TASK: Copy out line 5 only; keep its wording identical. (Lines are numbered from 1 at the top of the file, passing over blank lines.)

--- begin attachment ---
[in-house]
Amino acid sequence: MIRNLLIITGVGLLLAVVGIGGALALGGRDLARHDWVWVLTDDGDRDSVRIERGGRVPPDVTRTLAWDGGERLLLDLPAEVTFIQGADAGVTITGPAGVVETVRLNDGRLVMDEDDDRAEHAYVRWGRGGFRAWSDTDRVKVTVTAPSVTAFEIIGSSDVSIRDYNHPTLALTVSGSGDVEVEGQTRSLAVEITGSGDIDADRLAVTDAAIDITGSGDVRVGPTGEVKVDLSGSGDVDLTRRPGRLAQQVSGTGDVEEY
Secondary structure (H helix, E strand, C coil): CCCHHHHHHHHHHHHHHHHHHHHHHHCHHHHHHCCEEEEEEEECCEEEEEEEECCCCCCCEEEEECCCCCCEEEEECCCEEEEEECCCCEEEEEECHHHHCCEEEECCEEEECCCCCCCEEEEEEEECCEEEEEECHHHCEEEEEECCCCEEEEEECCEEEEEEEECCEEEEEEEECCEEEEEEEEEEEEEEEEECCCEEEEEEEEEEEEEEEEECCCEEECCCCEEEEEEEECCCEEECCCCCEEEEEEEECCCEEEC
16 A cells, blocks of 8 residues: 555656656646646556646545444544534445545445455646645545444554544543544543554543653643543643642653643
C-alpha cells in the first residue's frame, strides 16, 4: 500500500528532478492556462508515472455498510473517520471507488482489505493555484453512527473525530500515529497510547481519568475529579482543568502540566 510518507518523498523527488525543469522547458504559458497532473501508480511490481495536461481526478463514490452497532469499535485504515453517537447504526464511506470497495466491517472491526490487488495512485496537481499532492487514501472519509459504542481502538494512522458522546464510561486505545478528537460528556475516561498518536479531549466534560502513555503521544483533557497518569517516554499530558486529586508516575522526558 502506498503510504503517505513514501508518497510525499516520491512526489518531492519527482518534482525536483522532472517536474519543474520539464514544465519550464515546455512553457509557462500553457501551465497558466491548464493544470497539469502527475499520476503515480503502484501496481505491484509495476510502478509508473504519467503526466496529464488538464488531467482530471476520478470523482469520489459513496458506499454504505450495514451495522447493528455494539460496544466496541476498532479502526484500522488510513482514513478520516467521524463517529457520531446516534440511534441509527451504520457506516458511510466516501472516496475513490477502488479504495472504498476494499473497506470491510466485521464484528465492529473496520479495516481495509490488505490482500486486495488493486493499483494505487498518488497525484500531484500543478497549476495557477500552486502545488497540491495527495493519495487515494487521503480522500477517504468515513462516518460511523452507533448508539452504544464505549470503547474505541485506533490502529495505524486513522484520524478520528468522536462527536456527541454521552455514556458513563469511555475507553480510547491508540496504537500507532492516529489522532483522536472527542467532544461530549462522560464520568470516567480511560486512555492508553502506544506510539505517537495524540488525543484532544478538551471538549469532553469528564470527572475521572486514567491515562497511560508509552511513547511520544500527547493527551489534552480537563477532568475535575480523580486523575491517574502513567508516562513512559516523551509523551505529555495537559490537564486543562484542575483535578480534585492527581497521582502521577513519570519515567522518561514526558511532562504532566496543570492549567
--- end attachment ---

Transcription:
C-alpha cells in the first residue's frame, strides 16, 4: 500500500528532478492556462508515472455498510473517520471507488482489505493555484453512527473525530500515529497510547481519568475529579482543568502540566 510518507518523498523527488525543469522547458504559458497532473501508480511490481495536461481526478463514490452497532469499535485504515453517537447504526464511506470497495466491517472491526490487488495512485496537481499532492487514501472519509459504542481502538494512522458522546464510561486505545478528537460528556475516561498518536479531549466534560502513555503521544483533557497518569517516554499530558486529586508516575522526558 502506498503510504503517505513514501508518497510525499516520491512526489518531492519527482518534482525536483522532472517536474519543474520539464514544465519550464515546455512553457509557462500553457501551465497558466491548464493544470497539469502527475499520476503515480503502484501496481505491484509495476510502478509508473504519467503526466496529464488538464488531467482530471476520478470523482469520489459513496458506499454504505450495514451495522447493528455494539460496544466496541476498532479502526484500522488510513482514513478520516467521524463517529457520531446516534440511534441509527451504520457506516458511510466516501472516496475513490477502488479504495472504498476494499473497506470491510466485521464484528465492529473496520479495516481495509490488505490482500486486495488493486493499483494505487498518488497525484500531484500543478497549476495557477500552486502545488497540491495527495493519495487515494487521503480522500477517504468515513462516518460511523452507533448508539452504544464505549470503547474505541485506533490502529495505524486513522484520524478520528468522536462527536456527541454521552455514556458513563469511555475507553480510547491508540496504537500507532492516529489522532483522536472527542467532544461530549462522560464520568470516567480511560486512555492508553502506544506510539505517537495524540488525543484532544478538551471538549469532553469528564470527572475521572486514567491515562497511560508509552511513547511520544500527547493527551489534552480537563477532568475535575480523580486523575491517574502513567508516562513512559516523551509523551505529555495537559490537564486543562484542575483535578480534585492527581497521582502521577513519570519515567522518561514526558511532562504532566496543570492549567